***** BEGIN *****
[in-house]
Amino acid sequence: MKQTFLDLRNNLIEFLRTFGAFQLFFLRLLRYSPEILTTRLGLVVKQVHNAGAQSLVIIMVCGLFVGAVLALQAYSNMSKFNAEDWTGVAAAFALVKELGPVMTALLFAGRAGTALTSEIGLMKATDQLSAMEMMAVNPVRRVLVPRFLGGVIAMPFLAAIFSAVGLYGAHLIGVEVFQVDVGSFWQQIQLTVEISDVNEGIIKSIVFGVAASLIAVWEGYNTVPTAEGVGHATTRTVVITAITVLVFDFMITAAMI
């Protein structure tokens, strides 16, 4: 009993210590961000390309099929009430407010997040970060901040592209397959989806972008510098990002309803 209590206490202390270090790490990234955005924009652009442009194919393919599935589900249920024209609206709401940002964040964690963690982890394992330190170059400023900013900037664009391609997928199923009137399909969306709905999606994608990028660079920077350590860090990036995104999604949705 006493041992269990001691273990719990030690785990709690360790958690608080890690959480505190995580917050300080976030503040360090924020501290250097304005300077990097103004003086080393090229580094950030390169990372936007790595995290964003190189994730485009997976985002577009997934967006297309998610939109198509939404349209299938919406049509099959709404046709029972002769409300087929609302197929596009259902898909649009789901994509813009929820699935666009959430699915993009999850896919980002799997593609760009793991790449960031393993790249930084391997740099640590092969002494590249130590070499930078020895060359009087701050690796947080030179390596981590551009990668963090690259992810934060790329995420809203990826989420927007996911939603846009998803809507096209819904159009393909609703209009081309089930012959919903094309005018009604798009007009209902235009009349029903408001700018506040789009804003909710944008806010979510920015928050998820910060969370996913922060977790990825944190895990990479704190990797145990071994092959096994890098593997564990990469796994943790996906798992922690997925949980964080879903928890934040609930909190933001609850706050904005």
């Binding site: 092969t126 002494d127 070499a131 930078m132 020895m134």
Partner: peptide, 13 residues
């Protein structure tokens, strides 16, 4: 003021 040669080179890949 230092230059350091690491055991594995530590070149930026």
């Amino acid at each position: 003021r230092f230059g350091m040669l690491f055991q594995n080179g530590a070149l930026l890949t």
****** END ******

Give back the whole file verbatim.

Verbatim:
[in-house]
Amino acid sequence: MKQTFLDLRNNLIEFLRTFGAFQLFFLRLLRYSPEILTTRLGLVVKQVHNAGAQSLVIIMVCGLFVGAVLALQAYSNMSKFNAEDWTGVAAAFALVKELGPVMTALLFAGRAGTALTSEIGLMKATDQLSAMEMMAVNPVRRVLVPRFLGGVIAMPFLAAIFSAVGLYGAHLIGVEVFQVDVGSFWQQIQLTVEISDVNEGIIKSIVFGVAASLIAVWEGYNTVPTAEGVGHATTRTVVITAITVLVFDFMITAAMI
């Protein structure tokens, strides 16, 4: 009993210590961000390309099929009430407010997040970060901040592209397959989806972008510098990002309803 209590206490202390270090790490990234955005924009652009442009194919393919599935589900249920024209609206709401940002964040964690963690982890394992330190170059400023900013900037664009391609997928199923009137399909969306709905999606994608990028660079920077350590860090990036995104999604949705 006493041992269990001691273990719990030690785990709690360790958690608080890690959480505190995580917050300080976030503040360090924020501290250097304005300077990097103004003086080393090229580094950030390169990372936007790595995290964003190189994730485009997976985002577009997934967006297309998610939109198509939404349209299938919406049509099959709404046709029972002769409300087929609302197929596009259902898909649009789901994509813009929820699935666009959430699915993009999850896919980002799997593609760009793991790449960031393993790249930084391997740099640590092969002494590249130590070499930078020895060359009087701050690796947080030179390596981590551009990668963090690259992810934060790329995420809203990826989420927007996911939603846009998803809507096209819904159009393909609703209009081309089930012959919903094309005018009604798009007009209902235009009349029903408001700018506040789009804003909710944008806010979510920015928050998820910060969370996913922060977790990825944190895990990479704190990797145990071994092959096994890098593997564990990469796994943790996906798992922690997925949980964080879903928890934040609930909190933001609850706050904005």
């Binding site: 092969t126 002494d127 070499a131 930078m132 020895m134």
Partner: peptide, 13 residues
């Protein structure tokens, strides 16, 4: 003021 040669080179890949 230092230059350091690491055991594995530590070149930026």
């Amino acid at each position: 003021r230092f230059g350091m040669l690491f055991q594995n080179g530590a070149l930026l890949t």